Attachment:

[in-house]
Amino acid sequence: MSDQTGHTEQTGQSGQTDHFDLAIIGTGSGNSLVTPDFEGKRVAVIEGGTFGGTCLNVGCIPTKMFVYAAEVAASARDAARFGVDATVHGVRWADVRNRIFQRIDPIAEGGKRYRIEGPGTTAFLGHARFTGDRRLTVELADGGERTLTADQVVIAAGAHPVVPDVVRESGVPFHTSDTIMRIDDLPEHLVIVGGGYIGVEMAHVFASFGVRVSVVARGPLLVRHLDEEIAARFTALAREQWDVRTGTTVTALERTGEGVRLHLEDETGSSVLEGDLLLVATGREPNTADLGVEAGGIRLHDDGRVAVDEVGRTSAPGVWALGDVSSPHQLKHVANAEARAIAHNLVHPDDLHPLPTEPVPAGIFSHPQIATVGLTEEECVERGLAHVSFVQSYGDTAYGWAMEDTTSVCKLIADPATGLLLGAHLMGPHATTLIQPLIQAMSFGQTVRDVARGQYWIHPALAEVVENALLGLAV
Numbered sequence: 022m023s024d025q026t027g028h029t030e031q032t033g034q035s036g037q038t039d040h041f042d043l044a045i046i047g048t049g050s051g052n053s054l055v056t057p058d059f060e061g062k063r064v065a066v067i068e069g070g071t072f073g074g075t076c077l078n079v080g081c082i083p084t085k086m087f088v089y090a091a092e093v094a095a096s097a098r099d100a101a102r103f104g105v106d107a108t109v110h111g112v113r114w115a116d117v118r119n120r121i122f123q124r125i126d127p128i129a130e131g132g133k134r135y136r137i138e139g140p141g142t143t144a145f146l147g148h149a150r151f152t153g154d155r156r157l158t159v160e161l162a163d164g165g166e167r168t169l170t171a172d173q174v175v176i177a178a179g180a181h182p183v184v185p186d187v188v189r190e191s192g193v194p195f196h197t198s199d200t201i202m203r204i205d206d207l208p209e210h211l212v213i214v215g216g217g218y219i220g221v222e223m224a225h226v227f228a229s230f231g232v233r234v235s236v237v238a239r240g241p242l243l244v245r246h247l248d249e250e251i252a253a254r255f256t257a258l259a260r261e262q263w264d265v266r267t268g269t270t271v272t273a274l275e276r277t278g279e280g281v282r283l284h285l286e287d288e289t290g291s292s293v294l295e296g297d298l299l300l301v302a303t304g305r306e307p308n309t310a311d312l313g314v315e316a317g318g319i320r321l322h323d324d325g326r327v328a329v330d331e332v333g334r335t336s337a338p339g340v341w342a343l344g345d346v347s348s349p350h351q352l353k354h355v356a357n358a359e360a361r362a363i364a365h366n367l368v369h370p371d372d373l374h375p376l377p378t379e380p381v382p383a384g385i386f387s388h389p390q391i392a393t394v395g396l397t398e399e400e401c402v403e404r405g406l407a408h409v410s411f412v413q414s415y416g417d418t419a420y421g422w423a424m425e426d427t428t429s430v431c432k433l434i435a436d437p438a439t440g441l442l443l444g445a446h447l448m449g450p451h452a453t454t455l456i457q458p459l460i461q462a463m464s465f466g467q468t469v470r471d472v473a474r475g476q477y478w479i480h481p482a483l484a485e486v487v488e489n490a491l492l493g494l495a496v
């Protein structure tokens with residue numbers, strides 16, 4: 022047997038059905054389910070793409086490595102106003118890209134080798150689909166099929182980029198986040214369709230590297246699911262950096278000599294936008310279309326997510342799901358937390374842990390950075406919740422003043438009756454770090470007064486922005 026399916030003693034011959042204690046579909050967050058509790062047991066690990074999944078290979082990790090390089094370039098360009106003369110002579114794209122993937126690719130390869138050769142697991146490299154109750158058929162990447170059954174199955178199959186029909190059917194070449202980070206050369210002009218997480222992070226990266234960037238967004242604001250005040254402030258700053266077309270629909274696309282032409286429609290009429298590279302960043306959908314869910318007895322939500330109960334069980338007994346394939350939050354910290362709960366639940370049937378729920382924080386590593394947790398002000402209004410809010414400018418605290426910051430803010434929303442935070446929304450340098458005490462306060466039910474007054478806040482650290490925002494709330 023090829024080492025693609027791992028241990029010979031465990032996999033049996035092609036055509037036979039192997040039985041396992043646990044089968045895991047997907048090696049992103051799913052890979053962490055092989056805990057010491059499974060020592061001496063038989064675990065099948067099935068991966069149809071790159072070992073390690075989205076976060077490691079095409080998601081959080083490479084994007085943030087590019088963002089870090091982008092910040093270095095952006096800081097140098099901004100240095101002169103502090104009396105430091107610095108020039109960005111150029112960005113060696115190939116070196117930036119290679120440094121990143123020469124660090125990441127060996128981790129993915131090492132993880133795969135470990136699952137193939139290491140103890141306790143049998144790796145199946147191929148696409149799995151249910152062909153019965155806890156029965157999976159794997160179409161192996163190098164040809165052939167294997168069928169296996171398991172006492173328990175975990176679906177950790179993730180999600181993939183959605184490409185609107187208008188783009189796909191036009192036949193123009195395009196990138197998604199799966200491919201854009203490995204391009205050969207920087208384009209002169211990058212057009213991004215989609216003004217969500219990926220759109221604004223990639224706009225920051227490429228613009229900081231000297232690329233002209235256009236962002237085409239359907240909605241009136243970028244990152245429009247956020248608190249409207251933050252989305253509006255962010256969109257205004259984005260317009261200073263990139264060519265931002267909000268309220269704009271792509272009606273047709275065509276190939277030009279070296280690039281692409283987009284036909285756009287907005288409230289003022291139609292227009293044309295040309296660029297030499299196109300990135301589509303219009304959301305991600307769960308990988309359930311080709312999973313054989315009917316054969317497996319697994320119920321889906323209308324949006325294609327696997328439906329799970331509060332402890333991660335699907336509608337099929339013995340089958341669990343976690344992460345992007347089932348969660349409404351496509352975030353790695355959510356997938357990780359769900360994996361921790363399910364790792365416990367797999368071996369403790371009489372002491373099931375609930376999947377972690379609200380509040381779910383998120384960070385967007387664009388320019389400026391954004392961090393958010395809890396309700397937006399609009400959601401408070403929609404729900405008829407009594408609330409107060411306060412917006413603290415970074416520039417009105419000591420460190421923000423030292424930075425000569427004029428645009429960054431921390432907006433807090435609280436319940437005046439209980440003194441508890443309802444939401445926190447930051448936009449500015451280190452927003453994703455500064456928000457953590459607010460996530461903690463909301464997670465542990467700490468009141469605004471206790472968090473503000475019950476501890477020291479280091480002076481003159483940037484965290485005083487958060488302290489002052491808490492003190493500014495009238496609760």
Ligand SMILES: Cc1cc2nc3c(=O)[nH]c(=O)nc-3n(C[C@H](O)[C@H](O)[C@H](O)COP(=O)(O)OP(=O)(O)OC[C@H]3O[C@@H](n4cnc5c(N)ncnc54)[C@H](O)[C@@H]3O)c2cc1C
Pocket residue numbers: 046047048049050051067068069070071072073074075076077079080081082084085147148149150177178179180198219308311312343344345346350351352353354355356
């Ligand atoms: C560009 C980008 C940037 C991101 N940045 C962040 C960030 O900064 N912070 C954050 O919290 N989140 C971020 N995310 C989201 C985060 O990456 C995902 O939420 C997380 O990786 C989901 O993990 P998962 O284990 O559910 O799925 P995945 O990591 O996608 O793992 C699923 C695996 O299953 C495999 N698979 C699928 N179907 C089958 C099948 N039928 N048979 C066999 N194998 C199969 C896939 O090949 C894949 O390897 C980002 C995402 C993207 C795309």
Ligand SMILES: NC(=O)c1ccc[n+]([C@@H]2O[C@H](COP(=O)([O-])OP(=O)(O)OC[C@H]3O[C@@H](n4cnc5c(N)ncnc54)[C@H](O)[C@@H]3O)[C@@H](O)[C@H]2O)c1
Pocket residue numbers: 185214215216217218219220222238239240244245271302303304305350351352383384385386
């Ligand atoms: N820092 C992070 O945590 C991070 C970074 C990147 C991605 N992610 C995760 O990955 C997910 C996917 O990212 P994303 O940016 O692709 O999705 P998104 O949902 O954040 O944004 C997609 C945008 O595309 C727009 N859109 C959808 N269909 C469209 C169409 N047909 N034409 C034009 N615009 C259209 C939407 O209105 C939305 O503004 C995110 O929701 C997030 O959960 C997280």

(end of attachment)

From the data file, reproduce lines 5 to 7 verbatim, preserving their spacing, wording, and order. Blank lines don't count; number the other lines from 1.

Ligand SMILES: Cc1cc2nc3c(=O)[nH]c(=O)nc-3n(C[C@H](O)[C@H](O)[C@H](O)COP(=O)(O)OP(=O)(O)OC[C@H]3O[C@@H](n4cnc5c(N)ncnc54)[C@H](O)[C@@H]3O)c2cc1C
Pocket residue numbers: 046047048049050051067068069070071072073074075076077079080081082084085147148149150177178179180198219308311312343344345346350351352353354355356
């Ligand atoms: C560009 C980008 C940037 C991101 N940045 C962040 C960030 O900064 N912070 C954050 O919290 N989140 C971020 N995310 C989201 C985060 O990456 C995902 O939420 C997380 O990786 C989901 O993990 P998962 O284990 O559910 O799925 P995945 O990591 O996608 O793992 C699923 C695996 O299953 C495999 N698979 C699928 N179907 C089958 C099948 N039928 N048979 C066999 N194998 C199969 C896939 O090949 C894949 O390897 C980002 C995402 C993207 C795309």